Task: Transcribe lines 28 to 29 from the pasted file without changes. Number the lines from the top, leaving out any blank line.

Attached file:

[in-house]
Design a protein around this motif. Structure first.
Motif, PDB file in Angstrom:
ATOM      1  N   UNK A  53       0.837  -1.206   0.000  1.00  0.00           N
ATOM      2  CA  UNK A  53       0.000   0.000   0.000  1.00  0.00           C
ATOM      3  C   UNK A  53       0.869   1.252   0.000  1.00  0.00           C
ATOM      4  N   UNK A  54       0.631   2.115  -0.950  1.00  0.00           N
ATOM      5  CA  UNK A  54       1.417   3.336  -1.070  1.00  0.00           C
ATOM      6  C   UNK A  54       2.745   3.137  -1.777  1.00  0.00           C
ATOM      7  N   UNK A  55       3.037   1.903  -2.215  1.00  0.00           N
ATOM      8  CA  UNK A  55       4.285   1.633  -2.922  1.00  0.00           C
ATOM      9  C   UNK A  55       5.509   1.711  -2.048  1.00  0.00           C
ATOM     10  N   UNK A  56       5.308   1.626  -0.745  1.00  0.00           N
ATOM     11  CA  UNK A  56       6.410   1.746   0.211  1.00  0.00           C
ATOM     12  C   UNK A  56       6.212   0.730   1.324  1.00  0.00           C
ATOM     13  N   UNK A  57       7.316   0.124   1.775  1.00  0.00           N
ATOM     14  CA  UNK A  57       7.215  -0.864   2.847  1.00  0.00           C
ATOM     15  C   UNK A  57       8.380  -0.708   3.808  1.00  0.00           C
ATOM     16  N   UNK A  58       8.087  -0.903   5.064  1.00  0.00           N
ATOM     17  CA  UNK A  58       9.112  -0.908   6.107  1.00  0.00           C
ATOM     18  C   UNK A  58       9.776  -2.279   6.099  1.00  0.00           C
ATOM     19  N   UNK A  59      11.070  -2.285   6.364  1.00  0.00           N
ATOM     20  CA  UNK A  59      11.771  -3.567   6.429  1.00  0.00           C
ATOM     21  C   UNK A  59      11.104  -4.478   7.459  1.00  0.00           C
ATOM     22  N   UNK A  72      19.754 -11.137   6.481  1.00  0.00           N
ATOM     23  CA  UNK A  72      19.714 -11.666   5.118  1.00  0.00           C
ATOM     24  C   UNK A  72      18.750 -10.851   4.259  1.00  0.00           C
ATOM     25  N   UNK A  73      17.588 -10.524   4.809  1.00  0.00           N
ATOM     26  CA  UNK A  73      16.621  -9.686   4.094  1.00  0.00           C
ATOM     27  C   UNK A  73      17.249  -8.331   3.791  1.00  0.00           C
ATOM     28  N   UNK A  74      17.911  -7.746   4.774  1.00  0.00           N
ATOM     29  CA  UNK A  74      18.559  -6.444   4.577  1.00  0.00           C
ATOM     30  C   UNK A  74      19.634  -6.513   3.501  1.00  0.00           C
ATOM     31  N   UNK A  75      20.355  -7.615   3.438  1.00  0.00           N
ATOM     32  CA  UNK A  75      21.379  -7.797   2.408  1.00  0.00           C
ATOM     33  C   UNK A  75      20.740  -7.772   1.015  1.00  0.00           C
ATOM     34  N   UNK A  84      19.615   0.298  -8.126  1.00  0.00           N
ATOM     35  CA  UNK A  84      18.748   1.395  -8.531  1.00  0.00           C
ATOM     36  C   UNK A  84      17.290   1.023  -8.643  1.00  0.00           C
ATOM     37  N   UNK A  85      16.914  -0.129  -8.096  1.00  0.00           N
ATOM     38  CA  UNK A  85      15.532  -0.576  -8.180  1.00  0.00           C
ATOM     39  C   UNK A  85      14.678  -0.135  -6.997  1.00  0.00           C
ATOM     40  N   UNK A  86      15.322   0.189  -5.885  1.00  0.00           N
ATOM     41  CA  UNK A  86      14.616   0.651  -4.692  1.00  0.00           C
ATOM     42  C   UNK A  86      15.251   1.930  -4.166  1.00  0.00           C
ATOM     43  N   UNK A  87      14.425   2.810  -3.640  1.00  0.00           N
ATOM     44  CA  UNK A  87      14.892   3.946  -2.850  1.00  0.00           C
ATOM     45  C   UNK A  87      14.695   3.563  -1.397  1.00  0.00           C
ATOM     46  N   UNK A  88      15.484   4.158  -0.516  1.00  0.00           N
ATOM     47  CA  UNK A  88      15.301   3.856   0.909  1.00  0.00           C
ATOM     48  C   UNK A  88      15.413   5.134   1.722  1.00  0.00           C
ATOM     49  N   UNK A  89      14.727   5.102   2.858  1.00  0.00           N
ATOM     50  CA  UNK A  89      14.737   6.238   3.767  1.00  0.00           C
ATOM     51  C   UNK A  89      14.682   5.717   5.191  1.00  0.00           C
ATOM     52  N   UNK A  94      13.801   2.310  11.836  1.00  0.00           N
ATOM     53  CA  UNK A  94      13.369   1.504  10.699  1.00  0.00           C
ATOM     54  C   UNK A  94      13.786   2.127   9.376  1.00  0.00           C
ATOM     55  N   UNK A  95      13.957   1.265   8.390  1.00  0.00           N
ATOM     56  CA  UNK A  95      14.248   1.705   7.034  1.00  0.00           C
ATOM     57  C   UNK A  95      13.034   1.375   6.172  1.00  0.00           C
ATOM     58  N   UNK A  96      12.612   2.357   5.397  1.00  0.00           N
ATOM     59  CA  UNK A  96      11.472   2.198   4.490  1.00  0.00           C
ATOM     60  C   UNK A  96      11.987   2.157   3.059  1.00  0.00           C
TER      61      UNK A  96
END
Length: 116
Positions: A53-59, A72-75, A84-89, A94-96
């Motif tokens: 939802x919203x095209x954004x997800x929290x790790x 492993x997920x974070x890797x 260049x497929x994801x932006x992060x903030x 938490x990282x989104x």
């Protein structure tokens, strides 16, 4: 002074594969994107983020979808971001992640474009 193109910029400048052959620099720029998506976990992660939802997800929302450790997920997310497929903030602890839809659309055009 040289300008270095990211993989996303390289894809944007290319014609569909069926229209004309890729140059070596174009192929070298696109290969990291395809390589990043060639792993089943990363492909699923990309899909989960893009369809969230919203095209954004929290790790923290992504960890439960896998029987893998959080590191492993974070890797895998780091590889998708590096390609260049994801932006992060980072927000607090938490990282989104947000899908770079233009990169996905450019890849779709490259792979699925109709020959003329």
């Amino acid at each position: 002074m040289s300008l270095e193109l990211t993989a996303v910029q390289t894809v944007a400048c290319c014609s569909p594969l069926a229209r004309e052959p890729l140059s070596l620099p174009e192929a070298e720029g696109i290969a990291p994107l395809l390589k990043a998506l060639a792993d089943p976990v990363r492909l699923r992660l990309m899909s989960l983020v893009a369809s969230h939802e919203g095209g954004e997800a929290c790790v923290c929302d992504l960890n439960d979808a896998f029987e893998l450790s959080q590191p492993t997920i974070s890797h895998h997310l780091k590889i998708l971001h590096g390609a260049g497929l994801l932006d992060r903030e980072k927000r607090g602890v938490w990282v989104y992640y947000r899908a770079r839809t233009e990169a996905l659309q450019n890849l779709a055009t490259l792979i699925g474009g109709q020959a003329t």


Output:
ATOM     25  N   UNK A  73      17.588 -10.524   4.809  1.00  0.00           N
ATOM     26  CA  UNK A  73      16.621  -9.686   4.094  1.00  0.00           C